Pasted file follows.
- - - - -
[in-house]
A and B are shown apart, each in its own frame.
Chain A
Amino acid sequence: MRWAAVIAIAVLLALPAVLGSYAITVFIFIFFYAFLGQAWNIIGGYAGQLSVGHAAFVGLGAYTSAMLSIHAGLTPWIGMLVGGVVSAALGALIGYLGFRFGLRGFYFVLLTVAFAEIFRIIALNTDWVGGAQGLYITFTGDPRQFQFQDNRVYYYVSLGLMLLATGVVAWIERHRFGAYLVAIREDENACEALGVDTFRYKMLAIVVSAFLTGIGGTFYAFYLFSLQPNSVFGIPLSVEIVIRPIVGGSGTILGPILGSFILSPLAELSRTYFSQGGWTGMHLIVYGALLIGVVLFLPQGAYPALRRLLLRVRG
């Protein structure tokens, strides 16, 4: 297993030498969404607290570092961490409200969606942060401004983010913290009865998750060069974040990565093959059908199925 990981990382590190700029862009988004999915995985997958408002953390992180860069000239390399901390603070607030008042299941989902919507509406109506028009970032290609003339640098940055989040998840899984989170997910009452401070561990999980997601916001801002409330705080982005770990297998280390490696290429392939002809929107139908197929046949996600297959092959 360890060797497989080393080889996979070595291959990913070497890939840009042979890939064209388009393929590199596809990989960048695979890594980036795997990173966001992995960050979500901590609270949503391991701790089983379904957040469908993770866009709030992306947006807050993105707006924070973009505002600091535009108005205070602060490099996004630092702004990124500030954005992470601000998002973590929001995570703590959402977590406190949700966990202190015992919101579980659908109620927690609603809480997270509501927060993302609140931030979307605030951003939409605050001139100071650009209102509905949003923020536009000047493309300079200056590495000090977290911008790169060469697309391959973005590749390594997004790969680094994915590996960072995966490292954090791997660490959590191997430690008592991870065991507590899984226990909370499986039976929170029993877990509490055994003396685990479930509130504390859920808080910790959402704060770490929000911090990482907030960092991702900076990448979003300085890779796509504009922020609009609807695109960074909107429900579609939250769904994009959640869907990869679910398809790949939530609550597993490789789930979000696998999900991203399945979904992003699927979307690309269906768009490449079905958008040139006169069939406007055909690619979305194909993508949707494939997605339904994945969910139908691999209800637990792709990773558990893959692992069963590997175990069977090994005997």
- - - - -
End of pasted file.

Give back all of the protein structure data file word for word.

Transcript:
[in-house]
A and B are shown apart, each in its own frame.
Chain A
Amino acid sequence: MRWAAVIAIAVLLALPAVLGSYAITVFIFIFFYAFLGQAWNIIGGYAGQLSVGHAAFVGLGAYTSAMLSIHAGLTPWIGMLVGGVVSAALGALIGYLGFRFGLRGFYFVLLTVAFAEIFRIIALNTDWVGGAQGLYITFTGDPRQFQFQDNRVYYYVSLGLMLLATGVVAWIERHRFGAYLVAIREDENACEALGVDTFRYKMLAIVVSAFLTGIGGTFYAFYLFSLQPNSVFGIPLSVEIVIRPIVGGSGTILGPILGSFILSPLAELSRTYFSQGGWTGMHLIVYGALLIGVVLFLPQGAYPALRRLLLRVRG
């Protein structure tokens, strides 16, 4: 297993030498969404607290570092961490409200969606942060401004983010913290009865998750060069974040990565093959059908199925 990981990382590190700029862009988004999915995985997958408002953390992180860069000239390399901390603070607030008042299941989902919507509406109506028009970032290609003339640098940055989040998840899984989170997910009452401070561990999980997601916001801002409330705080982005770990297998280390490696290429392939002809929107139908197929046949996600297959092959 360890060797497989080393080889996979070595291959990913070497890939840009042979890939064209388009393929590199596809990989960048695979890594980036795997990173966001992995960050979500901590609270949503391991701790089983379904957040469908993770866009709030992306947006807050993105707006924070973009505002600091535009108005205070602060490099996004630092702004990124500030954005992470601000998002973590929001995570703590959402977590406190949700966990202190015992919101579980659908109620927690609603809480997270509501927060993302609140931030979307605030951003939409605050001139100071650009209102509905949003923020536009000047493309300079200056590495000090977290911008790169060469697309391959973005590749390594997004790969680094994915590996960072995966490292954090791997660490959590191997430690008592991870065991507590899984226990909370499986039976929170029993877990509490055994003396685990479930509130504390859920808080910790959402704060770490929000911090990482907030960092991702900076990448979003300085890779796509504009922020609009609807695109960074909107429900579609939250769904994009959640869907990869679910398809790949939530609550597993490789789930979000696998999900991203399945979904992003699927979307690309269906768009490449079905958008040139006169069939406007055909690619979305194909993508949707494939997605339904994945969910139908691999209800637990792709990773558990893959692992069963590997175990069977090994005997």